Parents are the most precious resource for children, as children absorb information from parents and adults from the day they are born. Kids develop behavioral patterns early in life that are engrained in their memory and movement throughout life. They mimic behavior, repeat words, and sometimes listen to what they are taught or told (I say that jokingly and lovingly). Teaching children about healthy eating and exercise habits, along with the lessons of living a healthy lifestyle, is one of the top goals for parents. And it all starts with metabolism literature.

Still, many children are at risk of getting childhood Type 2 diabetes. According to the American Diabetes Association, approximately 283,000 Americans under age 20 are estimated to have been diagnosed with diabetes. Previously referred to as adult-onset diabetes, Type 2 diabetes is becoming more common in children and teens due to an increasing rate of childhood obesity. As a parent, the diagnosis of Type 1 diabetes in children can be overwhelming, especially in the beginning. You and your child must suddenly learn to give injections, count carbohydrates, and monitor blood sugar. What makes it more of a difficult diagnosis to receive is that there is currently no cure for Type 1 diabetes. However, it can be effectively managed with the proper metabolism literature coupled with the support of a medical professional. With Type 2 diabetes, the body does not metabolize or use insulin well. To lower the risk in children, it’s important to implement healthy habits at the onset and educate them with metabolism literature to ensure they maintain a healthy weight and get plenty of exercise. It’s also important to limit the amount of fast food or processed food they consume and maintain healthy food swaps. Additionally, with technology at our fingertips, limiting children’s time on the computer, video game systems, or watching TV is crucial to a healthy life.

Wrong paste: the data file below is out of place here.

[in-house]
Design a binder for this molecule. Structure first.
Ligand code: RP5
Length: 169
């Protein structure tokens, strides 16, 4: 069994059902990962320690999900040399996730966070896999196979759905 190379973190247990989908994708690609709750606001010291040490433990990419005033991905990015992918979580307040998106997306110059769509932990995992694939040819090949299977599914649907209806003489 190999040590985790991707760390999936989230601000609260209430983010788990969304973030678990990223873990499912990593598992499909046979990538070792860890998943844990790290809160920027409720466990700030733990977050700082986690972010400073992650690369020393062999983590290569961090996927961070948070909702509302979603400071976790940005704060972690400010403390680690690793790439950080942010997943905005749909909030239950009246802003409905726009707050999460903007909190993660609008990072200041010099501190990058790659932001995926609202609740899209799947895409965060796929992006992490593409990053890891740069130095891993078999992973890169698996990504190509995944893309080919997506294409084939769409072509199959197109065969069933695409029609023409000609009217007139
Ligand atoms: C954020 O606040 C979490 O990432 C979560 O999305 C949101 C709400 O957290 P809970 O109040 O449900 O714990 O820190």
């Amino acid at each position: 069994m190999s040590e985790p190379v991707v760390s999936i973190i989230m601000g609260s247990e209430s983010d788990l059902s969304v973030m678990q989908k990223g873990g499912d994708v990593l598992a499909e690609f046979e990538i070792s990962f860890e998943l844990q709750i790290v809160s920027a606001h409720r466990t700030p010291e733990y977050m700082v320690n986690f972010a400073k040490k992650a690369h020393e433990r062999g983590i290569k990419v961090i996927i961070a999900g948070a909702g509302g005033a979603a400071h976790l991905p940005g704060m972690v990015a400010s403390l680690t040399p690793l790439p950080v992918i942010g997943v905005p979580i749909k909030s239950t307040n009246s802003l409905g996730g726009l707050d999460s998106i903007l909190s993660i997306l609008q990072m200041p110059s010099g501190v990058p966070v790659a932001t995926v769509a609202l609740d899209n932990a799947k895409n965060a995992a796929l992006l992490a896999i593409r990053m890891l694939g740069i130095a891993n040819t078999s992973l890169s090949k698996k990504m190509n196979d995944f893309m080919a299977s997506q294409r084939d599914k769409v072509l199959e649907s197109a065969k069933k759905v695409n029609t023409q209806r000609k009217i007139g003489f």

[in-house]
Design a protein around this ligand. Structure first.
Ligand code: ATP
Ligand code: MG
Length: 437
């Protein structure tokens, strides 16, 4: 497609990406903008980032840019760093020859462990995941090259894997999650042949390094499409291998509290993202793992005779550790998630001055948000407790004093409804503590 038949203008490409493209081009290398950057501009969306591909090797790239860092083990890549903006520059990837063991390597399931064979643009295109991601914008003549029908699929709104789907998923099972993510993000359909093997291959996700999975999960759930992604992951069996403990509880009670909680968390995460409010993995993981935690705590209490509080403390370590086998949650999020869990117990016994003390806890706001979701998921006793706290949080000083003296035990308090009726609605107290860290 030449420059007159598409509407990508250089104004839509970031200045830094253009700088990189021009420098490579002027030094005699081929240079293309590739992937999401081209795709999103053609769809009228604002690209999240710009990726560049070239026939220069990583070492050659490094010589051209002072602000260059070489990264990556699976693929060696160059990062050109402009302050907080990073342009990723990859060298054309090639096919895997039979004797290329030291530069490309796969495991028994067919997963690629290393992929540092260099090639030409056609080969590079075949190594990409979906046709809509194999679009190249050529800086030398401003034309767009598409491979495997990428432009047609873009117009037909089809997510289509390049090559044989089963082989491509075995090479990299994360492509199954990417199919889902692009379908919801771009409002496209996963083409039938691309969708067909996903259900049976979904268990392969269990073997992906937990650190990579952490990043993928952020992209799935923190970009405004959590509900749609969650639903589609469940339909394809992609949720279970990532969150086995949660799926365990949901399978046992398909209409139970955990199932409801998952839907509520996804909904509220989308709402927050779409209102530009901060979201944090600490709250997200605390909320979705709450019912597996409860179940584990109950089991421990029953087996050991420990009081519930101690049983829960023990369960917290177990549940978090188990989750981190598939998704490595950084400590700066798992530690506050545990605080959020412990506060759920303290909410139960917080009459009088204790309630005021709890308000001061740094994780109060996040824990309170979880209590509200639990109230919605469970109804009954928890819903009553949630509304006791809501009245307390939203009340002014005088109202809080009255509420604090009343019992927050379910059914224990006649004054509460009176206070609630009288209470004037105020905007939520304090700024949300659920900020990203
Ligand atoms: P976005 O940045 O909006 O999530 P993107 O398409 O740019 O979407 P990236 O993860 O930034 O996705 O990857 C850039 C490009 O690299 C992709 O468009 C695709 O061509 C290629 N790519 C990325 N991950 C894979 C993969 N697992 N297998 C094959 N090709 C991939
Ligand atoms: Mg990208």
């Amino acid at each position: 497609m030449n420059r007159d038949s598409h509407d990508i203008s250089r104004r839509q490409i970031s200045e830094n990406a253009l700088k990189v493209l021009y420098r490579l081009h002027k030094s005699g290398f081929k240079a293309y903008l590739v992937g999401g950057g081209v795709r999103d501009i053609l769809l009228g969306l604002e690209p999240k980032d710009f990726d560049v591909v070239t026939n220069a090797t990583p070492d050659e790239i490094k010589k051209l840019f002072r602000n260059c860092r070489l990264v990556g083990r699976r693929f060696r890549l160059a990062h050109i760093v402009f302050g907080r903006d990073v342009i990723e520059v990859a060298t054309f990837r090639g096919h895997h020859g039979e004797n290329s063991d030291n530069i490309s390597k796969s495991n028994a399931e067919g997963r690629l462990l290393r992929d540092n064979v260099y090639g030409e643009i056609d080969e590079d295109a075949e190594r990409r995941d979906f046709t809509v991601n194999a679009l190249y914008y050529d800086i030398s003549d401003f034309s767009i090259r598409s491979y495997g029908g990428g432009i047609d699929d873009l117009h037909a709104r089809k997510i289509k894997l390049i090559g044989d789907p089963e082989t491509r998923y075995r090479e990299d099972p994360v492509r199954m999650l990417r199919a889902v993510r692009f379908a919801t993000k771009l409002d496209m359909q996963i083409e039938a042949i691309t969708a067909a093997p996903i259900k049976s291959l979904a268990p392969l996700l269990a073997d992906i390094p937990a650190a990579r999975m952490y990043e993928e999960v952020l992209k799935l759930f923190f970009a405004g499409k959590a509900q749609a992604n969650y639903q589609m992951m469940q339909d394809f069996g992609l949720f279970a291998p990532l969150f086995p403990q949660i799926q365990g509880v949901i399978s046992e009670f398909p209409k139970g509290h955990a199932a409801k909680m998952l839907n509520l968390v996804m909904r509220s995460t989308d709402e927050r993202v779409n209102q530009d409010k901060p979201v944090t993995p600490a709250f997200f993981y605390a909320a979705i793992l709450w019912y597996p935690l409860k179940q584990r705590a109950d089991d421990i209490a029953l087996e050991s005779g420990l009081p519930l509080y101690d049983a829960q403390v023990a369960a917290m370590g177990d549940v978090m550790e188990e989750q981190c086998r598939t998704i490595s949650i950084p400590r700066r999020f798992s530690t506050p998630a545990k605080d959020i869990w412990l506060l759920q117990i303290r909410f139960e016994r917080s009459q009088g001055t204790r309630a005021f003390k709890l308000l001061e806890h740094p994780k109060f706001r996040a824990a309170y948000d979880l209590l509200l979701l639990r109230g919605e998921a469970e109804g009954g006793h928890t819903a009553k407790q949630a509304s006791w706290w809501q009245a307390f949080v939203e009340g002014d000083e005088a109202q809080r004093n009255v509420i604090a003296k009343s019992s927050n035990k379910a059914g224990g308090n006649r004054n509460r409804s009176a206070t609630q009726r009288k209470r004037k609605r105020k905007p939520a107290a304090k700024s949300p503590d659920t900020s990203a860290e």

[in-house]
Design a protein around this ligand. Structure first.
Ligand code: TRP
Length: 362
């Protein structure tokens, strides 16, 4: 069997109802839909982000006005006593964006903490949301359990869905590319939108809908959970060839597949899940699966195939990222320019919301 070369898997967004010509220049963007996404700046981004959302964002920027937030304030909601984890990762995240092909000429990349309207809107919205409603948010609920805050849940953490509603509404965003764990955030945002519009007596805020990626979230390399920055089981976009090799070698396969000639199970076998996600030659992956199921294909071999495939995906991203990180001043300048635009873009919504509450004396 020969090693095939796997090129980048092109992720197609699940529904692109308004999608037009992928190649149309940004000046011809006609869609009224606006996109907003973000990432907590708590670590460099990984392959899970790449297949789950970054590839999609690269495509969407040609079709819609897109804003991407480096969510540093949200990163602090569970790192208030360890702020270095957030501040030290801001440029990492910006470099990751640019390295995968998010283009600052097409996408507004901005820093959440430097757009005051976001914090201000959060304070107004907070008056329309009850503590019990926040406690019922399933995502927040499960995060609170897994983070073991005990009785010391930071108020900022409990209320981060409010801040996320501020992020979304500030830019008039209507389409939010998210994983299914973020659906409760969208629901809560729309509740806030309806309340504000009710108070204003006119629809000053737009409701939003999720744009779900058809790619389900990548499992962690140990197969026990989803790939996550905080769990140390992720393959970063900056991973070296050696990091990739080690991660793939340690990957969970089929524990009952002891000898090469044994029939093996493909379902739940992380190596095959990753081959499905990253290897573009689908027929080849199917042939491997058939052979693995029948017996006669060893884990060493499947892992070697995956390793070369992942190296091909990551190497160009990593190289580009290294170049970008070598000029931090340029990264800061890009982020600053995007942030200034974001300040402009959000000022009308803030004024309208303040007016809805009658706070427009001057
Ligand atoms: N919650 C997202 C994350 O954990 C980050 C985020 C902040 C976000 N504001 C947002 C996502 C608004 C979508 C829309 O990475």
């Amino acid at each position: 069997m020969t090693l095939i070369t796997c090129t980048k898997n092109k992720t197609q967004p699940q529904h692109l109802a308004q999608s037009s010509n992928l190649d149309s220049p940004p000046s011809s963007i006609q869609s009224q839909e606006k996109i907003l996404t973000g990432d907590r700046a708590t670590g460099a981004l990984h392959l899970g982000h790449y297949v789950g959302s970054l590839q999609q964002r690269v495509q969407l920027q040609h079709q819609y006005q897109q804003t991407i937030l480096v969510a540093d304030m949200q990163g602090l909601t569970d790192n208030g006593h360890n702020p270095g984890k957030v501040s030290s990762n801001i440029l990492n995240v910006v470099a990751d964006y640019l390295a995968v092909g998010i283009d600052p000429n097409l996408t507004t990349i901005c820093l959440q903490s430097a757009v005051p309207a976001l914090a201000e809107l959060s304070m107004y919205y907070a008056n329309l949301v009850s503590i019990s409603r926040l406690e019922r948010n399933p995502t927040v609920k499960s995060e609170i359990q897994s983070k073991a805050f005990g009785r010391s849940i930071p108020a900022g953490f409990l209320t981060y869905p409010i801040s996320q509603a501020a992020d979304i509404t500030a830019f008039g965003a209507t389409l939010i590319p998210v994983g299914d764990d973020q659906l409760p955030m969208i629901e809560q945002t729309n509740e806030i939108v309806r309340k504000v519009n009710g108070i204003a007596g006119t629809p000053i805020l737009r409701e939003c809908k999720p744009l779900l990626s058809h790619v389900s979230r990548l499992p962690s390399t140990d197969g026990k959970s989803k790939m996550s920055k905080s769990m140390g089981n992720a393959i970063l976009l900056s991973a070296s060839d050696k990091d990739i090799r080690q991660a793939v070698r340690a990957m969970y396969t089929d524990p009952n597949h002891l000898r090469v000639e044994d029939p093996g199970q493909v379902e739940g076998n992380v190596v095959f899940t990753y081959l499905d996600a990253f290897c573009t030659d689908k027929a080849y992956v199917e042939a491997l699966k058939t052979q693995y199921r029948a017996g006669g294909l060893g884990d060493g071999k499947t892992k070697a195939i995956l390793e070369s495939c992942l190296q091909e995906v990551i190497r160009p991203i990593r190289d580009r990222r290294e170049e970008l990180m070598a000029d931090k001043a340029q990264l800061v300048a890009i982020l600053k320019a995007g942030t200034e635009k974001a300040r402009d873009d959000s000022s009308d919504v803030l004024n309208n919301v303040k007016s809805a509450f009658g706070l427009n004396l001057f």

It is essential to teach children about metabolism and the causes of diabetes, even if they are not currently at risk. There are plenty of metabolism literature and resources available to assist in ongoing education.

Previously, the typical type of childhood diabetes was Type 1 or juvenile diabetes. With this type of childhood diabetes, the pancreas does not make enough insulin to help sugar get into your cells to metabolize energy. Without insulin, high levels of sugar stay in the blood. This is commonly known as high blood sugar (hyperglycemia) and can cause problems throughout the body, damaging blood vessels, eyes, kidneys, the heart, and more.

For most children with diabetes, taking medicine is integral to healthy living. Medicine, such as insulin, is the standard treatment protocol for diabetic children. A child with Type 2 diabetes might need medicine too, but there are other methods to manage it. Working with an endocrinologist can assist in identifying the proper treatment protocol.

The most common diabetes medicine is insulin, which you can take through shots or an insulin pump. Insulin is prescribed and administered to get glucose into the body’s cells, which can be used for energy through the metabolic process. Without insulin, glucose stays in the blood, and blood sugar levels can get too high.

Diabetes pills are another standard treatment protocol. These pills can help the body produce more insulin or help the child’s body use the insulin it already has. These medicines are especially effective for children who eat healthy and exercise regularly, making lessons about healthy lifestyles particularly important.

Diabetes is a serious medical indication that requires a serious approach and knowledge base. Metabolism literature is easy to find, but make sure it’s from a validated resource. It is never too early to teach our children the value of a healthy lifestyle. It is important to note that there is help, and you are not alone. Parents, patients, and healthcare experts globally can buy “Metabolism & Medicine” through Amazon to learn about metabolism.

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